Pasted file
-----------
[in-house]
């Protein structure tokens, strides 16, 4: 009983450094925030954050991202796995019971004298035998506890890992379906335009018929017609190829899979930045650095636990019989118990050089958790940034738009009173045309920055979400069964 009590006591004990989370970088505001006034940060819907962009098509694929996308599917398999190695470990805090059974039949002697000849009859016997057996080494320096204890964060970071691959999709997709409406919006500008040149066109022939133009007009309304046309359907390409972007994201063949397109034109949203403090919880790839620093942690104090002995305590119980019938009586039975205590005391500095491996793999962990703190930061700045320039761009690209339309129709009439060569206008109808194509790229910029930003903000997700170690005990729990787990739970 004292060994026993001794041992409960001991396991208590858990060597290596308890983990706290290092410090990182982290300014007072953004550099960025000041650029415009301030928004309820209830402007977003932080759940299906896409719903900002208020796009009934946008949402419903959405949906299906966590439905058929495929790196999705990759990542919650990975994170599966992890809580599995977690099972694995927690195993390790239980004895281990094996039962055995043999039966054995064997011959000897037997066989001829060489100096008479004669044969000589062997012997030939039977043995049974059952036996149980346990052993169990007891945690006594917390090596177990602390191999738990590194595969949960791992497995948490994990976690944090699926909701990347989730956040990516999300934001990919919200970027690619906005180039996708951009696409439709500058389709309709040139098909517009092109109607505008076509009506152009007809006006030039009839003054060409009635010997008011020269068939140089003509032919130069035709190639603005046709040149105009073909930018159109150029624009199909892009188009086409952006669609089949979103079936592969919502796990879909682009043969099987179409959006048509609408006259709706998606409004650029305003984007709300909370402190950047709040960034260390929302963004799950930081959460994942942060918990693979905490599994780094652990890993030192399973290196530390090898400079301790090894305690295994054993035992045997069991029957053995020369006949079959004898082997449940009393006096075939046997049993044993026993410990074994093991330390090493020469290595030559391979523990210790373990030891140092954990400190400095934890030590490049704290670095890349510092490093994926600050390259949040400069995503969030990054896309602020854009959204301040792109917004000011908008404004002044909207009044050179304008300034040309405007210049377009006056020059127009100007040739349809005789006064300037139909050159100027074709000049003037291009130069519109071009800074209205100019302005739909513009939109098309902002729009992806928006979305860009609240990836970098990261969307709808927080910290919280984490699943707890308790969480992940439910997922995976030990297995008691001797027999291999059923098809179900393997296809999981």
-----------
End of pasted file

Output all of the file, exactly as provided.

[in-house]
């Protein structure tokens, strides 16, 4: 009983450094925030954050991202796995019971004298035998506890890992379906335009018929017609190829899979930045650095636990019989118990050089958790940034738009009173045309920055979400069964 009590006591004990989370970088505001006034940060819907962009098509694929996308599917398999190695470990805090059974039949002697000849009859016997057996080494320096204890964060970071691959999709997709409406919006500008040149066109022939133009007009309304046309359907390409972007994201063949397109034109949203403090919880790839620093942690104090002995305590119980019938009586039975205590005391500095491996793999962990703190930061700045320039761009690209339309129709009439060569206008109808194509790229910029930003903000997700170690005990729990787990739970 004292060994026993001794041992409960001991396991208590858990060597290596308890983990706290290092410090990182982290300014007072953004550099960025000041650029415009301030928004309820209830402007977003932080759940299906896409719903900002208020796009009934946008949402419903959405949906299906966590439905058929495929790196999705990759990542919650990975994170599966992890809580599995977690099972694995927690195993390790239980004895281990094996039962055995043999039966054995064997011959000897037997066989001829060489100096008479004669044969000589062997012997030939039977043995049974059952036996149980346990052993169990007891945690006594917390090596177990602390191999738990590194595969949960791992497995948490994990976690944090699926909701990347989730956040990516999300934001990919919200970027690619906005180039996708951009696409439709500058389709309709040139098909517009092109109607505008076509009506152009007809006006030039009839003054060409009635010997008011020269068939140089003509032919130069035709190639603005046709040149105009073909930018159109150029624009199909892009188009086409952006669609089949979103079936592969919502796990879909682009043969099987179409959006048509609408006259709706998606409004650029305003984007709300909370402190950047709040960034260390929302963004799950930081959460994942942060918990693979905490599994780094652990890993030192399973290196530390090898400079301790090894305690295994054993035992045997069991029957053995020369006949079959004898082997449940009393006096075939046997049993044993026993410990074994093991330390090493020469290595030559391979523990210790373990030891140092954990400190400095934890030590490049704290670095890349510092490093994926600050390259949040400069995503969030990054896309602020854009959204301040792109917004000011908008404004002044909207009044050179304008300034040309405007210049377009006056020059127009100007040739349809005789006064300037139909050159100027074709000049003037291009130069519109071009800074209205100019302005739909513009939109098309902002729009992806928006979305860009609240990836970098990261969307709808927080910290919280984490699943707890308790969480992940439910997922995976030990297995008691001797027999291999059923098809179900393997296809999981």